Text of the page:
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The International Program – Tanzania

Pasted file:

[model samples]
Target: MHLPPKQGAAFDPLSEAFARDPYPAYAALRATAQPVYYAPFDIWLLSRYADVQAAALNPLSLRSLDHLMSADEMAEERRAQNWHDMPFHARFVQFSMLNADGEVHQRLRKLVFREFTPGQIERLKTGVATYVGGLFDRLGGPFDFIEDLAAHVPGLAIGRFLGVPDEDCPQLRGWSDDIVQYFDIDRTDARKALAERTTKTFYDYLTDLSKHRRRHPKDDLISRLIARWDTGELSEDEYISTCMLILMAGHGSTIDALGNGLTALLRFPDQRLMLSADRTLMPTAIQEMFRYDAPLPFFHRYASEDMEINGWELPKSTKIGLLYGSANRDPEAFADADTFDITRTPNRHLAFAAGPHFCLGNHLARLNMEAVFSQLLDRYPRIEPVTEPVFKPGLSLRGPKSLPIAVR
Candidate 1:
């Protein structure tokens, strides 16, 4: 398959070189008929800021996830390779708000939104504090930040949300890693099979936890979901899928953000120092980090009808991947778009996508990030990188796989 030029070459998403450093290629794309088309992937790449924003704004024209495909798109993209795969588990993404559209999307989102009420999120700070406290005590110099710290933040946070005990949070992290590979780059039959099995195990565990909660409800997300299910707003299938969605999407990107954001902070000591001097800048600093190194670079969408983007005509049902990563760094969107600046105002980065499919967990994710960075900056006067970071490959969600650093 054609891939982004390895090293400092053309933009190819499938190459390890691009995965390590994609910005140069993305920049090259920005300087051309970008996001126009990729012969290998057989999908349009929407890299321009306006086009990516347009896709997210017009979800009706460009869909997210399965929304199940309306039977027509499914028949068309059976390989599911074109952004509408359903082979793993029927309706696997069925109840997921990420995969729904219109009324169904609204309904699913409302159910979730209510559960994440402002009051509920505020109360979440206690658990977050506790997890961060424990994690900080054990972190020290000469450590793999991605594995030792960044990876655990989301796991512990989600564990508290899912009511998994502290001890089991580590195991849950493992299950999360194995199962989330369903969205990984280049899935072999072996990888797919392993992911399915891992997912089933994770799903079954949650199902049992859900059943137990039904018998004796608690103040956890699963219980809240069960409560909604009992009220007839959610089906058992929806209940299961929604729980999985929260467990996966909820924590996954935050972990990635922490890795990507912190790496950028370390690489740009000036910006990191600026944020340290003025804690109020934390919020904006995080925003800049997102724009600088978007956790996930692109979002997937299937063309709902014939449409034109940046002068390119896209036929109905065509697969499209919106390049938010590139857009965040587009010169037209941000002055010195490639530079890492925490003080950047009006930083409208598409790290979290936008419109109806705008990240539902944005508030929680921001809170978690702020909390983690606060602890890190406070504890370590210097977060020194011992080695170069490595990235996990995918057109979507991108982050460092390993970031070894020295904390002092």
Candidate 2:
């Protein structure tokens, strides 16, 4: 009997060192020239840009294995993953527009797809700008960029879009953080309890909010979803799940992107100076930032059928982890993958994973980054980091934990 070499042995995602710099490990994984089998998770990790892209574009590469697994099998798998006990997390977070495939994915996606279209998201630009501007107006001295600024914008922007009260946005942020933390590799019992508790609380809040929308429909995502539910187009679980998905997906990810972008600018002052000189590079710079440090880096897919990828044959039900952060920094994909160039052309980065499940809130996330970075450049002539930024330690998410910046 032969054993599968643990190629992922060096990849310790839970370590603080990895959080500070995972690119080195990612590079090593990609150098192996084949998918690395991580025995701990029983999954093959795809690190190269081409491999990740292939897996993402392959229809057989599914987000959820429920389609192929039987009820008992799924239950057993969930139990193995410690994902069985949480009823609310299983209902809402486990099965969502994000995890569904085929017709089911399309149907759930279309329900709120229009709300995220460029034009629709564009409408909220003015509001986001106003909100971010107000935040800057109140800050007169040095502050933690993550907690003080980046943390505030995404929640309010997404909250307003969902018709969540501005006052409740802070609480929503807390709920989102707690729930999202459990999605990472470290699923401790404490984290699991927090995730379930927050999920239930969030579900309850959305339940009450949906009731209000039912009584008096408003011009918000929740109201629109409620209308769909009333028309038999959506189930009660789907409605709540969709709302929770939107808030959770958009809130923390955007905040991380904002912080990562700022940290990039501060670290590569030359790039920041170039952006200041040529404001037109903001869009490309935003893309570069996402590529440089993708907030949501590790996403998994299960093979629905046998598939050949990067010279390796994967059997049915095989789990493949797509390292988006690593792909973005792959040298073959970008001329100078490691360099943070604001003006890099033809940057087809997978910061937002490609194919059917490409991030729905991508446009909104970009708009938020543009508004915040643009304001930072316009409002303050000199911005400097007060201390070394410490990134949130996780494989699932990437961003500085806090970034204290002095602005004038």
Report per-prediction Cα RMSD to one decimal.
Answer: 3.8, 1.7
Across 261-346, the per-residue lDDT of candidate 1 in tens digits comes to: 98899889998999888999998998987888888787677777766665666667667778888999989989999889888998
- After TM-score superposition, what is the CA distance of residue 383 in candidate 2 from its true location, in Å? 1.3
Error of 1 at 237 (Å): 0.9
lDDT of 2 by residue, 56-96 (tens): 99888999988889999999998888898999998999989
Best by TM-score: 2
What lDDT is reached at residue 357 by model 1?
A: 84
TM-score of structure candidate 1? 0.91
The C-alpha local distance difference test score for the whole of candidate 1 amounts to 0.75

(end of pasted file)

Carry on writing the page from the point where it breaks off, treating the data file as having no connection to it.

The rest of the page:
names of the individuals attending Vice President Cheney’s Task Force meetings, having learned through media reports that private individuals were participating in violation of a federal open meetings law (FACA)—the same law that successfully derailed Hillary’s Health Care Task Force. To confirm the Vice President’s claims that private individuals (top-level energy officials) were not members of the task force, Judicial Watch requested that a federal appeals court judge review task force meeting documents “in camera” to confirm the Vice President’s stated claim. The administration simply refused to comply. Judicial Watch filed suit to force compliance with the open meetings law, which made its way through several appeals, to the U.S. Supreme Court, to an en banc panel of the Court of Appeals— and back again to federal court in search of a remedy against an imperious and secretive Republican Administration. And throughout the Commerce Department and Cheney Energy Task Force cases, there was significant media coverage—nationally and internationally—by major news media groups. Elected and appointed officials were held accountable in the court of public opinion for unethical and questionable practices while holding a public trust. Mr. Farrell concluded the meeting with the Tanzanian ministers by reaffirming the intrinsic value of the media in meeting Judicial Watch’s mission objectives: to promote ethics and accountability in government, politics, and the law. The media has served as an invaluable conduit to the public-at-large in reporting information uncovered by Judicial Watch through the exercise of open records and open meetings laws—laws designed to keep government open and accountable to the people it serves.